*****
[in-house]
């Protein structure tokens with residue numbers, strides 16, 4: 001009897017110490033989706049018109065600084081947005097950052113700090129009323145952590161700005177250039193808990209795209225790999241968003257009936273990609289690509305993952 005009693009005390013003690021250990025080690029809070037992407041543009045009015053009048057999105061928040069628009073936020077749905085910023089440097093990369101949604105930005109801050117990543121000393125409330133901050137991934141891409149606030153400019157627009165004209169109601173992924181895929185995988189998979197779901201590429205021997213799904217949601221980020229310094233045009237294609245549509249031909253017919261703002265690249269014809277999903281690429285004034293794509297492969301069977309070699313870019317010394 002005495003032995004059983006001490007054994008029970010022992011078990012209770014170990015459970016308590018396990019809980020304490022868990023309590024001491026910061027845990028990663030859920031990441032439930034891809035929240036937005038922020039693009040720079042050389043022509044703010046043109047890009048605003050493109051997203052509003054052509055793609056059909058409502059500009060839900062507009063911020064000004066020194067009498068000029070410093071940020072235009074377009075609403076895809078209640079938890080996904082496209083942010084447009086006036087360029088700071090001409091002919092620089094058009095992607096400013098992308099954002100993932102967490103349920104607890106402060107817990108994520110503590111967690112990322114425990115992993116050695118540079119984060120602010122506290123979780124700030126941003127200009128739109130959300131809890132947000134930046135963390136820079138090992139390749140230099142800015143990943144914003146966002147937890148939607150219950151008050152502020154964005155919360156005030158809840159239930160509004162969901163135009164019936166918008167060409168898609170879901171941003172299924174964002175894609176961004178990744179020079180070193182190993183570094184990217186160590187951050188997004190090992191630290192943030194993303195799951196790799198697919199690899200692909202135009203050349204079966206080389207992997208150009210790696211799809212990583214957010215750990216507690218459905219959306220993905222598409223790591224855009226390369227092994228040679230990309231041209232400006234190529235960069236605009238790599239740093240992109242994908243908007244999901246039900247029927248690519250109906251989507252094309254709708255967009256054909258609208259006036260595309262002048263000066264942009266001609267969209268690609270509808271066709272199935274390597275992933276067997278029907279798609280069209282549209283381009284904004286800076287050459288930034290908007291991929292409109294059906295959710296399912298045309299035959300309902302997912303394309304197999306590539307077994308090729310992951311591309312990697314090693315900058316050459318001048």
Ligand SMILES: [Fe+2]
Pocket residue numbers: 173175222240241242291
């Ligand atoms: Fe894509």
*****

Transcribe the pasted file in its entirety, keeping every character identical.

[in-house]
């Protein structure tokens with residue numbers, strides 16, 4: 001009897017110490033989706049018109065600084081947005097950052113700090129009323145952590161700005177250039193808990209795209225790999241968003257009936273990609289690509305993952 005009693009005390013003690021250990025080690029809070037992407041543009045009015053009048057999105061928040069628009073936020077749905085910023089440097093990369101949604105930005109801050117990543121000393125409330133901050137991934141891409149606030153400019157627009165004209169109601173992924181895929185995988189998979197779901201590429205021997213799904217949601221980020229310094233045009237294609245549509249031909253017919261703002265690249269014809277999903281690429285004034293794509297492969301069977309070699313870019317010394 002005495003032995004059983006001490007054994008029970010022992011078990012209770014170990015459970016308590018396990019809980020304490022868990023309590024001491026910061027845990028990663030859920031990441032439930034891809035929240036937005038922020039693009040720079042050389043022509044703010046043109047890009048605003050493109051997203052509003054052509055793609056059909058409502059500009060839900062507009063911020064000004066020194067009498068000029070410093071940020072235009074377009075609403076895809078209640079938890080996904082496209083942010084447009086006036087360029088700071090001409091002919092620089094058009095992607096400013098992308099954002100993932102967490103349920104607890106402060107817990108994520110503590111967690112990322114425990115992993116050695118540079119984060120602010122506290123979780124700030126941003127200009128739109130959300131809890132947000134930046135963390136820079138090992139390749140230099142800015143990943144914003146966002147937890148939607150219950151008050152502020154964005155919360156005030158809840159239930160509004162969901163135009164019936166918008167060409168898609170879901171941003172299924174964002175894609176961004178990744179020079180070193182190993183570094184990217186160590187951050188997004190090992191630290192943030194993303195799951196790799198697919199690899200692909202135009203050349204079966206080389207992997208150009210790696211799809212990583214957010215750990216507690218459905219959306220993905222598409223790591224855009226390369227092994228040679230990309231041209232400006234190529235960069236605009238790599239740093240992109242994908243908007244999901246039900247029927248690519250109906251989507252094309254709708255967009256054909258609208259006036260595309262002048263000066264942009266001609267969209268690609270509808271066709272199935274390597275992933276067997278029907279798609280069209282549209283381009284904004286800076287050459288930034290908007291991929292409109294059906295959710296399912298045309299035959300309902302997912303394309304197999306590539307077994308090729310992951311591309312990697314090693315900058316050459318001048």
Ligand SMILES: [Fe+2]
Pocket residue numbers: 173175222240241242291
């Ligand atoms: Fe894509």